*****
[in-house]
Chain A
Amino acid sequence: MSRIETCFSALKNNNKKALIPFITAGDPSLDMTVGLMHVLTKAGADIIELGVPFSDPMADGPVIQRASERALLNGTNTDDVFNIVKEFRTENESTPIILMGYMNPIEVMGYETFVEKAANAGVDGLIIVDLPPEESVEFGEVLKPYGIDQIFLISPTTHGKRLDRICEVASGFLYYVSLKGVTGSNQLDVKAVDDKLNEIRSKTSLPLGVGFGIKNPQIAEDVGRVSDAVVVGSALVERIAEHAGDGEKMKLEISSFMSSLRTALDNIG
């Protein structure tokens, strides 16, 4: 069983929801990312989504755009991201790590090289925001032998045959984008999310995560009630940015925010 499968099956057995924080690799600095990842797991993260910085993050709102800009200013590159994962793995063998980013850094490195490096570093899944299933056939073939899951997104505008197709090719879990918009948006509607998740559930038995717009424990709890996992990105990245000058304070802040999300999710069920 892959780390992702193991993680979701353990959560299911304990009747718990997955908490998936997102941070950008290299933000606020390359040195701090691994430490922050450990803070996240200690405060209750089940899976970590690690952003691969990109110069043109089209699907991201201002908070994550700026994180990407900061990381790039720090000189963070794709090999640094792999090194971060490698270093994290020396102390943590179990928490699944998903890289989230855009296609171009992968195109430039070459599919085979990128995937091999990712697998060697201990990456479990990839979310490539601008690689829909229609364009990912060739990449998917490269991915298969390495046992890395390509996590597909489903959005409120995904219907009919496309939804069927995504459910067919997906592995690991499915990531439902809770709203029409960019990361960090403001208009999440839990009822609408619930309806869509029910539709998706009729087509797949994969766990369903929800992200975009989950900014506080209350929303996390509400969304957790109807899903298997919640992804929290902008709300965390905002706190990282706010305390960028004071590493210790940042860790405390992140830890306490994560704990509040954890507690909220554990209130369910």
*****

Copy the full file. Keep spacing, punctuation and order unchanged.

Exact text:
[in-house]
Chain A
Amino acid sequence: MSRIETCFSALKNNNKKALIPFITAGDPSLDMTVGLMHVLTKAGADIIELGVPFSDPMADGPVIQRASERALLNGTNTDDVFNIVKEFRTENESTPIILMGYMNPIEVMGYETFVEKAANAGVDGLIIVDLPPEESVEFGEVLKPYGIDQIFLISPTTHGKRLDRICEVASGFLYYVSLKGVTGSNQLDVKAVDDKLNEIRSKTSLPLGVGFGIKNPQIAEDVGRVSDAVVVGSALVERIAEHAGDGEKMKLEISSFMSSLRTALDNIG
């Protein structure tokens, strides 16, 4: 069983929801990312989504755009991201790590090289925001032998045959984008999310995560009630940015925010 499968099956057995924080690799600095990842797991993260910085993050709102800009200013590159994962793995063998980013850094490195490096570093899944299933056939073939899951997104505008197709090719879990918009948006509607998740559930038995717009424990709890996992990105990245000058304070802040999300999710069920 892959780390992702193991993680979701353990959560299911304990009747718990997955908490998936997102941070950008290299933000606020390359040195701090691994430490922050450990803070996240200690405060209750089940899976970590690690952003691969990109110069043109089209699907991201201002908070994550700026994180990407900061990381790039720090000189963070794709090999640094792999090194971060490698270093994290020396102390943590179990928490699944998903890289989230855009296609171009992968195109430039070459599919085979990128995937091999990712697998060697201990990456479990990839979310490539601008690689829909229609364009990912060739990449998917490269991915298969390495046992890395390509996590597909489903959005409120995904219907009919496309939804069927995504459910067919997906592995690991499915990531439902809770709203029409960019990361960090403001208009999440839990009822609408619930309806869509029910539709998706009729087509797949994969766990369903929800992200975009989950900014506080209350929303996390509400969304957790109807899903298997919640992804929290902008709300965390905002706190990282706010305390960028004071590493210790940042860790405390992140830890306490994560704990509040954890507690909220554990209130369910």